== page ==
Deerlick Creek Beach, South Haven | Free parking and is the perfect beach for our furry dog friends who like to take a swim. They have a portable bathroom.
Roam the Beach for Treasures
Rock hunting can be a fun family hobby.
Lake Michigan beaches offer plenty of treasure hunting spots. Let the kids roam the beach for real treasure hunting, for a fun afternoon excursion. Who knows, you may find Petoskey stones, coral fossils, sea glass, driftwood, pottery, or jasper.
Chicago’s Field Museum has an excellent Beachgoer’s Guide to Lake Michigan Fossils and Rocks, to help you know what to look for.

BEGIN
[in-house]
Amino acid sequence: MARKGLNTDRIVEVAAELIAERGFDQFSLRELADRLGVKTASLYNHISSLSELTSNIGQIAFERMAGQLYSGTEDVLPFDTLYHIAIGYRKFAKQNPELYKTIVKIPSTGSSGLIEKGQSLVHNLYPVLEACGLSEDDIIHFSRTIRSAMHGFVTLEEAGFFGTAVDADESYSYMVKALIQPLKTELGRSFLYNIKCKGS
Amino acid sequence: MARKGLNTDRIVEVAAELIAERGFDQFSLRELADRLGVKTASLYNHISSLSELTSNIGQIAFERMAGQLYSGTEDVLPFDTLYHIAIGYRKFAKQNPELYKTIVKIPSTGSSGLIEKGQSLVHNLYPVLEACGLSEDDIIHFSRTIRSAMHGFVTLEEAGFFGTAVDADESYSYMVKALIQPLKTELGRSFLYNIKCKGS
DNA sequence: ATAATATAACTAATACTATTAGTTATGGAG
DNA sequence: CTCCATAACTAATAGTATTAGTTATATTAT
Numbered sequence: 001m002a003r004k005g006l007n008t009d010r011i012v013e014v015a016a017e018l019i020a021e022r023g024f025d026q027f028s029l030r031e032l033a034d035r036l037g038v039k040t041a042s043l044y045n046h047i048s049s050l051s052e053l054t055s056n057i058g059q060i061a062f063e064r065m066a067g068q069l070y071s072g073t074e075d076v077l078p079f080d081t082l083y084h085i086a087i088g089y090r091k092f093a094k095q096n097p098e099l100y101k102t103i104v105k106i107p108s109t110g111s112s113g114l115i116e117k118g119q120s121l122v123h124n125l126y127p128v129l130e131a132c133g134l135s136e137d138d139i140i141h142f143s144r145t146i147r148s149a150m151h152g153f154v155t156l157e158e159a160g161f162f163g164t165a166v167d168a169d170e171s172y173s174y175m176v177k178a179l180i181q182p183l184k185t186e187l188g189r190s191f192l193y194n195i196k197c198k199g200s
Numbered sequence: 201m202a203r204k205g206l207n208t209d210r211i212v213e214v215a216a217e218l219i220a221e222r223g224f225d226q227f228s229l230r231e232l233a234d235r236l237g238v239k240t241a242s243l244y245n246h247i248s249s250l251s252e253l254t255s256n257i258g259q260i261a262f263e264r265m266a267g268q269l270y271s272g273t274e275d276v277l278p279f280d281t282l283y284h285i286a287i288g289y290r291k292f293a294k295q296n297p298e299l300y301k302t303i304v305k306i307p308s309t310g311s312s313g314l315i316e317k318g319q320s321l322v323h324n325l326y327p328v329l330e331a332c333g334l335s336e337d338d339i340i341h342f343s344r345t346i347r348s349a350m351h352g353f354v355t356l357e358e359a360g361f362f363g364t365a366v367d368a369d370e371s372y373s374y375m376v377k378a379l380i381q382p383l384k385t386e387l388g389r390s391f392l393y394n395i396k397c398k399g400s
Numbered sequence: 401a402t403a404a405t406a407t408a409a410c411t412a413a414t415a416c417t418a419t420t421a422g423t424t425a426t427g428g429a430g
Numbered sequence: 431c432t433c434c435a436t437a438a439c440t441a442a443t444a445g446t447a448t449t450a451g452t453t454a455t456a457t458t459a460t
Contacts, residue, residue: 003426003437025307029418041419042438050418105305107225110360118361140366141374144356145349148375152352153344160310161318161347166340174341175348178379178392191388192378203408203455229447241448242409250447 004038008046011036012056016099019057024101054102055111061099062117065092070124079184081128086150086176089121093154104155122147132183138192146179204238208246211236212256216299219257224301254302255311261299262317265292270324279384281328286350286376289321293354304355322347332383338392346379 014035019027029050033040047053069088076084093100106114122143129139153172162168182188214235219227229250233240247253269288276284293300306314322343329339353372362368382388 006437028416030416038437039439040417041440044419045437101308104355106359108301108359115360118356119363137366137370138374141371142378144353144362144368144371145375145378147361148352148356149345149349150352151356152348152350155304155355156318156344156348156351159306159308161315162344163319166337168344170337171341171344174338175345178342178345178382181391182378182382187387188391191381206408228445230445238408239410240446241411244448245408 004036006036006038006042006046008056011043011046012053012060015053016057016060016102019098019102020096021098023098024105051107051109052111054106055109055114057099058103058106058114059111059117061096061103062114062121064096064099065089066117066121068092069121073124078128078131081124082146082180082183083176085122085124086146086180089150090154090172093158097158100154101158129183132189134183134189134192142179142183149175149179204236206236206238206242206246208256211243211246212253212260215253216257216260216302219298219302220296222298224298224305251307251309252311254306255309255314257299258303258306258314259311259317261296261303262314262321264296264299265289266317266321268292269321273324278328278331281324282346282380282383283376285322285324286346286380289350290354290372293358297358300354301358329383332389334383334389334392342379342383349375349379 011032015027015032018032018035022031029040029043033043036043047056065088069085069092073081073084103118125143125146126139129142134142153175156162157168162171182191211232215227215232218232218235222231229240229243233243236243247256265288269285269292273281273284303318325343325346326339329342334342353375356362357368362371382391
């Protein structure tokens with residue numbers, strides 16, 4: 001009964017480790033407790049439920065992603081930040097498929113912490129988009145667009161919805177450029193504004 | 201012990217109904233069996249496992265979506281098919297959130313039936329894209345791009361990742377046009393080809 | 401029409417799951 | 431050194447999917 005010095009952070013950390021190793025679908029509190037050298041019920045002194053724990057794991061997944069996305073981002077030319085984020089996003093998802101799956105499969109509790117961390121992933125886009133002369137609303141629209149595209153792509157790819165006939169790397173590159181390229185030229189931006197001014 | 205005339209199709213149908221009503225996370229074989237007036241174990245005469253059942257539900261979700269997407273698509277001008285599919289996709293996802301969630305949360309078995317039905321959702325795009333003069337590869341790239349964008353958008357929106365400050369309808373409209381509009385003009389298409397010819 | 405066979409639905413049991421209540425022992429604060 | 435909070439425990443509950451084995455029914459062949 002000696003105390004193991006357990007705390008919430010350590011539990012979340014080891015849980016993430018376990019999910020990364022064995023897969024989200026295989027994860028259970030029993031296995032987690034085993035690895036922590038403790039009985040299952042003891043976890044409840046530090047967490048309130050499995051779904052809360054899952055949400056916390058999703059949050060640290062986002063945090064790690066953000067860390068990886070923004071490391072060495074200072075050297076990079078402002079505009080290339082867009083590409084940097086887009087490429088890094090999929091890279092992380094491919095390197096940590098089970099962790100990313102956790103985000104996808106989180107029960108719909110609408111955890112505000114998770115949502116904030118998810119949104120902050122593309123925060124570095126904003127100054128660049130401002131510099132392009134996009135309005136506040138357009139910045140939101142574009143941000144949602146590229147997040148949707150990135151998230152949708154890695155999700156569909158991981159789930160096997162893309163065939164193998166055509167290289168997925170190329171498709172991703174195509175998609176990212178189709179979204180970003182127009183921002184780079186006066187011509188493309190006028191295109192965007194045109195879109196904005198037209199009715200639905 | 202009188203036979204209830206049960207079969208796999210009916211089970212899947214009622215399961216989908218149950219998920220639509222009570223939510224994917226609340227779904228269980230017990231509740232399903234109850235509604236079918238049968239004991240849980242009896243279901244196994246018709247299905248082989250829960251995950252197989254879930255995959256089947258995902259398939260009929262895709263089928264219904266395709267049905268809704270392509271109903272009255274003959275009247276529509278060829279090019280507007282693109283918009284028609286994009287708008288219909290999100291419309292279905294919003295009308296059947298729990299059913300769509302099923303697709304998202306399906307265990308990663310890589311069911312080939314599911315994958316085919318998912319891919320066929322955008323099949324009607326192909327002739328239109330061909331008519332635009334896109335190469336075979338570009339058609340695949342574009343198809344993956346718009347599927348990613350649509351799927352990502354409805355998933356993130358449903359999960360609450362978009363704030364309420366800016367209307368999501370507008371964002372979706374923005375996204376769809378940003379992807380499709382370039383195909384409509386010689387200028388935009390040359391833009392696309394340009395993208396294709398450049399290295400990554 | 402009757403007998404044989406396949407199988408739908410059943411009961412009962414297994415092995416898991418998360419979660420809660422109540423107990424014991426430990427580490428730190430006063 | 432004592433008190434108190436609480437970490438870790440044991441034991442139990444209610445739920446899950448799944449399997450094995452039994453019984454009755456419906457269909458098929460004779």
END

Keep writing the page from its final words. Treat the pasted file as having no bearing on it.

Tips for Treasure Hunting
- The best time of day to treasure hunt is in the morning or the evening.
- Bring a bucket, otherwise, your pockets are going to be bulging by the time your child is done.
- Bring a shovel. Some of these treasures are buried a foot down. Sea glass often settles deeper into the sand, and kids will love digging to see if they can find any.
- Hunt on less populated beaches. Lake Michigan beaches that are full of sand and people are often groomed, so any treasures are swept away.
- Let your child grab whatever speaks to them. Kids have their own idea of what makes a treasure, and it may look different than yours. Encourage your child to put their treasures in a box, and even to label their treasures when they get home, so they feel like they have a mini-museum.